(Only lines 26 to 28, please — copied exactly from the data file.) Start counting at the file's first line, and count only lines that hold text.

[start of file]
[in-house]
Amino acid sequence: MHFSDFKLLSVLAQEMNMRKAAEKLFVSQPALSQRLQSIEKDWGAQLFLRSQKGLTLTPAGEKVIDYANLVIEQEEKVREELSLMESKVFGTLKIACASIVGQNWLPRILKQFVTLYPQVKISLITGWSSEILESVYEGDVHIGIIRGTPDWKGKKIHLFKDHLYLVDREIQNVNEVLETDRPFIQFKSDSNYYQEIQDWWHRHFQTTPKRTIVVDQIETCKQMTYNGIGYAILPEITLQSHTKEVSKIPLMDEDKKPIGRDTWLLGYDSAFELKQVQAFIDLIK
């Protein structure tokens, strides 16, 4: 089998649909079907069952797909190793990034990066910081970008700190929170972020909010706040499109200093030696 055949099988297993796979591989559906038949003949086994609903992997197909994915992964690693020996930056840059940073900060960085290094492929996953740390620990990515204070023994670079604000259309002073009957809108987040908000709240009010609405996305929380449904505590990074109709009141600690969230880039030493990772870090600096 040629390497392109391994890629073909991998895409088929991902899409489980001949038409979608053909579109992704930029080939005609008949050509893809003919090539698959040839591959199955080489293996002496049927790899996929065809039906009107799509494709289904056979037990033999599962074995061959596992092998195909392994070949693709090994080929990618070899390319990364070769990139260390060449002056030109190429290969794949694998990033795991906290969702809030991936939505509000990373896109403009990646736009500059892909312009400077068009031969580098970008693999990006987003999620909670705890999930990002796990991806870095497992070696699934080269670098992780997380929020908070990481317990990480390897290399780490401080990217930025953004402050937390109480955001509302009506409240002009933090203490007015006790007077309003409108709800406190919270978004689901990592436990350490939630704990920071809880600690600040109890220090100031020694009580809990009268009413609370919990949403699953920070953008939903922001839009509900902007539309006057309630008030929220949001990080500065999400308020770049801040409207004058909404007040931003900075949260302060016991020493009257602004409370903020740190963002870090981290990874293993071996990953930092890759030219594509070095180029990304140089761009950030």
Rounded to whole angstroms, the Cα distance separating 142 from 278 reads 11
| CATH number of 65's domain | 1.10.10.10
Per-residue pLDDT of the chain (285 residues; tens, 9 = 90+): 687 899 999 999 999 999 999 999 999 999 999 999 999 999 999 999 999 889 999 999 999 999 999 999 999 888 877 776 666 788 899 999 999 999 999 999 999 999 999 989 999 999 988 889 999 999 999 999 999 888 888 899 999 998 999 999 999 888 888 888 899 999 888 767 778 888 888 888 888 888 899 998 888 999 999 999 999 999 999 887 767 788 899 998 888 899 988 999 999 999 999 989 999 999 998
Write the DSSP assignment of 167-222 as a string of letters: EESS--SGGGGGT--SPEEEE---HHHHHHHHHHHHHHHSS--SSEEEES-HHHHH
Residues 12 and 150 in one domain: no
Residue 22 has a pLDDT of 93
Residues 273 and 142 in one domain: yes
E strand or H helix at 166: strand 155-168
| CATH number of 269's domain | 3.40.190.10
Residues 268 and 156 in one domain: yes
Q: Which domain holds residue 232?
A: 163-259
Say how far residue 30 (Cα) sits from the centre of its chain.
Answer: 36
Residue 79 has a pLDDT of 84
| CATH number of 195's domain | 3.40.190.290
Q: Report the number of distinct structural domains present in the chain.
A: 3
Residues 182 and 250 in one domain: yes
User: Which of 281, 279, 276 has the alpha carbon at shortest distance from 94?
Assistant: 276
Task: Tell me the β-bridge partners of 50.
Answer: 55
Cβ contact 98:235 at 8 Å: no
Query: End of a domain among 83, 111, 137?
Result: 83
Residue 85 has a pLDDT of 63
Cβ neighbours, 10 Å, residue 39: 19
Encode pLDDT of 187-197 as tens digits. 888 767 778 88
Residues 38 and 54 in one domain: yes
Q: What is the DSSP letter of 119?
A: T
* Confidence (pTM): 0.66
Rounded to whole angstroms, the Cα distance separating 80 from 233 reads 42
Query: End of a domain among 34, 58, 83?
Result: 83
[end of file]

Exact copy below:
Answer: 55
Cβ contact 98:235 at 8 Å: no
Query: End of a domain among 83, 111, 137?